string, and reversed back to the original order in the process. The number of iterations is
2n + 1, which is n for each phase and 1 for phase change. The phase number is encoded as
a boolean, initially true (0) and then changed to false (1).
let fsel = ? ((sortedPartHead, sortedPartHasHead),
(maxSoFar, maxUsable),
(unsortedPartHead, unsortedPartHasHead),
(soFarSeenHead, soFarSeenHasHead), x).
if not maxUsable and unsortedPartHasHead and not soFarSeenHasHead then
(* start of selection phase *)
(sortedPartHead, 0), (maxSoFar, 1),
(unsortedPartHead, 1), (soFarSeenHead, 3), x
else if maxUsable and unsortedPartHasHead then (* selection phase in progress *)
cmp maxSoFar unsortedPartHead (fun smaller greater ->
(sortedPartHead, 0), (greater, 1),
(smaller, 3), (soFarSeenHead, 3), x )
else if maxUsable and not unsortedPartHasHead then (* end of selection phase *)
if sortedPartHasHead then (* end of selection phase for the first selection *)
(maxSoFar, 0), (sortedPartHead, 0),
(unsortedPartHead, 2), (soFarSeenHead, 3), x
else (* end of selection phase for other selections *)
(sortedPartHead, 0), (maxSoFar, 0),
(unsortedPartHead, 2), (soFarSeenHead, 3), x
else (* preparation for the next selection phase *)
if unsortedPartHasHead and soFarSeenHasHead then
(sortedPartHead, 0), (maxSoFar, 1),
(soFarSeenHead, 2), (unsortedPartHead, 2), x
else
(sortedPartHead, 0), (maxSoFar, 1),
(unsortedPartHead, 2), (soFarSeenHead, 2), x
let ssort = ?l. let n = len l in
p0 (iter (add (mul n n) n) (step fsel) (localvars [] [] l [] 0))
It is very interesting to note that the type of a map function defined in this way is
!j+2(Bi ( Bi) ( !S!ij ( S!ij+1, while the type of a map function defined directly in STA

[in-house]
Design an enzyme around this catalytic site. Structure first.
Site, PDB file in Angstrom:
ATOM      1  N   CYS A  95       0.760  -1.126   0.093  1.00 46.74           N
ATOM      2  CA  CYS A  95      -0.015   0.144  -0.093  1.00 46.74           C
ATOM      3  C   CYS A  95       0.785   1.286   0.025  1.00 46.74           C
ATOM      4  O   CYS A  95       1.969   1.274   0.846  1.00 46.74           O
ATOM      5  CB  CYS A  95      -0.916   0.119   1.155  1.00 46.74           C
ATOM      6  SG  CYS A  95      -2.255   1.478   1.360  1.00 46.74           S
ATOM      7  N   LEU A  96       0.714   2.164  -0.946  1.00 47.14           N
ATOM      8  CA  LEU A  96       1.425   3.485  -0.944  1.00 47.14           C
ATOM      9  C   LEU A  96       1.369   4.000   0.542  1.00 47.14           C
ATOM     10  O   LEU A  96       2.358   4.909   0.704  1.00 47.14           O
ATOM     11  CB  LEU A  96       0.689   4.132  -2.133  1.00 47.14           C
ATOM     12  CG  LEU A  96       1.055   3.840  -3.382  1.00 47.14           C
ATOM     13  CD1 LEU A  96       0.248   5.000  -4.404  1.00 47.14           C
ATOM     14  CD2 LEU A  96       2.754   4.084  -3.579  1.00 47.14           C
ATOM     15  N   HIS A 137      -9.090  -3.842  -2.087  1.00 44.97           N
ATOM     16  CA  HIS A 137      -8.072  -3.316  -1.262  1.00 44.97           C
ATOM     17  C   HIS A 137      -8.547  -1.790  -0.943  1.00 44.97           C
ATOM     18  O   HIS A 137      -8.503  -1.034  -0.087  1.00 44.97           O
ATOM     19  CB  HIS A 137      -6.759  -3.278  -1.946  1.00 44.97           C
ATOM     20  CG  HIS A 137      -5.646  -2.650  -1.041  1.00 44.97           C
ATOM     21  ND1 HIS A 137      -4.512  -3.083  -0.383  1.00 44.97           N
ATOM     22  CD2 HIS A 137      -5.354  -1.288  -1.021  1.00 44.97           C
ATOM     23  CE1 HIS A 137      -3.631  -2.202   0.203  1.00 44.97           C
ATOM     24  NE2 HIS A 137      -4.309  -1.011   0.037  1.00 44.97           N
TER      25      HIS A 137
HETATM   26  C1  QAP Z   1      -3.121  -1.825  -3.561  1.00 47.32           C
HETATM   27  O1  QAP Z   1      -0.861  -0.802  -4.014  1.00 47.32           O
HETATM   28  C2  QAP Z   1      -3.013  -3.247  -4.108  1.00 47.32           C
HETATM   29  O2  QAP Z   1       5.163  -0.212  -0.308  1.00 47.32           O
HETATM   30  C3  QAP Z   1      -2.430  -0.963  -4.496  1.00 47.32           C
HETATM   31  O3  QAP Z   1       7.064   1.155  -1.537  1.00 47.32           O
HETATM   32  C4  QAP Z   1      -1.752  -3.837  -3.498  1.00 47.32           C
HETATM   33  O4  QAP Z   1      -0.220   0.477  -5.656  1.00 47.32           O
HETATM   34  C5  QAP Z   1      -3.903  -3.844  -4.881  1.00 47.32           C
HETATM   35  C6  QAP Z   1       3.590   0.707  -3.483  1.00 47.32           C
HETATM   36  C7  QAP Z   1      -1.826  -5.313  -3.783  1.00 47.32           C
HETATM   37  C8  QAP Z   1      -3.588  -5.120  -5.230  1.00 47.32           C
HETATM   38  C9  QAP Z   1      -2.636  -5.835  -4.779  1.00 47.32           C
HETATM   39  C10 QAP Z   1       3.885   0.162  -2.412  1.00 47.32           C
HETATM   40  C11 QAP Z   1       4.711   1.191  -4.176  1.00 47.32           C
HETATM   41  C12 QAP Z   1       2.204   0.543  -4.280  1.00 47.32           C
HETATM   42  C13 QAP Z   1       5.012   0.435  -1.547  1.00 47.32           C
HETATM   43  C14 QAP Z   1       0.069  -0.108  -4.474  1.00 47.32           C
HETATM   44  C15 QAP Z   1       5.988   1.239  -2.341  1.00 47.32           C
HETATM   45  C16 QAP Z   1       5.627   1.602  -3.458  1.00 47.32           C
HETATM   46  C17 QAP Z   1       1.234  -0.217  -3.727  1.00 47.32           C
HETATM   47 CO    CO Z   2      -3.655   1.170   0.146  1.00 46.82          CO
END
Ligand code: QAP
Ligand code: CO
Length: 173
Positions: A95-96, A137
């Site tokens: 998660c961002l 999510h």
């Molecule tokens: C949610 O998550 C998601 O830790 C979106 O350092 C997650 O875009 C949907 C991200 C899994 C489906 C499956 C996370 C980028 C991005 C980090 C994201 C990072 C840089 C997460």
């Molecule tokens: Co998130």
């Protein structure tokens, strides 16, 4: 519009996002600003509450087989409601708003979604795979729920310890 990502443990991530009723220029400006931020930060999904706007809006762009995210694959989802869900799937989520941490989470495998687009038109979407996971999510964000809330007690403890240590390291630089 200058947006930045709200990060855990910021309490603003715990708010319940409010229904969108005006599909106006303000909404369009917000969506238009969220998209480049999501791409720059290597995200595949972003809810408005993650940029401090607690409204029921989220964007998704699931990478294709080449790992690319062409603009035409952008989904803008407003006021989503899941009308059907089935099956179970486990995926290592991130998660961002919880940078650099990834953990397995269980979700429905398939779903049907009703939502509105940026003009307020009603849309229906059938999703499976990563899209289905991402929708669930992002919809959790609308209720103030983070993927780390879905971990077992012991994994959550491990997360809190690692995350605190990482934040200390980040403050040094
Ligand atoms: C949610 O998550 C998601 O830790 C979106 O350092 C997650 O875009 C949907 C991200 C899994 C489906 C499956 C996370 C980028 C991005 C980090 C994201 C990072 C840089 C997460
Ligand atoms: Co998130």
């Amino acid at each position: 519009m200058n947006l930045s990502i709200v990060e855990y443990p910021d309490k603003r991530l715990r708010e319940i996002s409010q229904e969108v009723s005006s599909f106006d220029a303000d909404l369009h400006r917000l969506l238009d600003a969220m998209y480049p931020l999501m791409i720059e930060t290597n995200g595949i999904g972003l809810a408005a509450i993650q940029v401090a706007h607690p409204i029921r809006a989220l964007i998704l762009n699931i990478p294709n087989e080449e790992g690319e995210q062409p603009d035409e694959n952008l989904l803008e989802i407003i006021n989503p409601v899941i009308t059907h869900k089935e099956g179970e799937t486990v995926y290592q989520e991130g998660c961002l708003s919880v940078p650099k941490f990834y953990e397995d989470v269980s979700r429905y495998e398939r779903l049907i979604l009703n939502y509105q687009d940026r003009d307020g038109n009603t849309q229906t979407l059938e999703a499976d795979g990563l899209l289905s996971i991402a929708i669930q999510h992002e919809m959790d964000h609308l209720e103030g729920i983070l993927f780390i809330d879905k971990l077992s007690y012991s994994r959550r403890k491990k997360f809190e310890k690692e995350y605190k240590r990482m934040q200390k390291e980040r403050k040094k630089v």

corresponds to !j(Bi ( Bi) ( S!ij ( S!ij+1. The difference comes from the fact that in
MLSTA one iterates over natural numbers and in STA directly on the string itself.
Using this technique it is possible to program more complex functions on lists, e.g.
sorting, in particular selection sort, as shown in Fig. 3. This example uses another
syntactic trick: since boolean values can be freely multiplied using terms similar to cnt ?
?b.ifte b h0, 0i h1, 1i one does not need to worry about how many times a given boolean
variable is used in the term. Technically, sorting consists in running n phases of selecting
the largest element from unsorted remaining part of the initial string. In each phase one
needs to reverse the list twice, that is why we need n2 + n steps. It is interesting to note
that the choice of applying the cons in the same order as they appeared originally comes at
a cost of breaking symmetry of certain operations between two strings. Indeed, while it is
straightforward to reverse a string from left to right (as in the rev example above), reversing
it from right to left (as is done in the third case in Fig. 3) is a bit more technical.
It is worth stressing that the simulation of a Turing Machine we present below is in fact
a paradigmatic example of a natural computation that can be performed in our language.
4
Properties of MLSTA
Many of the results in this paper can be obtained in a simpler way when we operate not just
on any derivation, but on a derivation in a special, regular form. We start with its
presentation, which is of interest not only for technical reasons but also, as usual in such cases,
it indicates the presence of a few important tautologies (however, their further exploration
goes beyond the topic of the paper).
I Definition 1 (derivations in normal form). A derivation D of MLSTA is in normal form
when D = hD? , x : Aiw with D? in normal form and x 6? FV(D? term) or is in (m)-normal form.
A derivation D of MLSTA is in (m)-normal form when D = h?x : A.hD? , x : Aiw, y :
!nAimn with D? in (m)-normal form and x 6? FV(D? term) or is in (sp)-normal form.
A derivation D of MLSTA is in (sp)-normal form when D = hD? isp with D? in (sp)-normal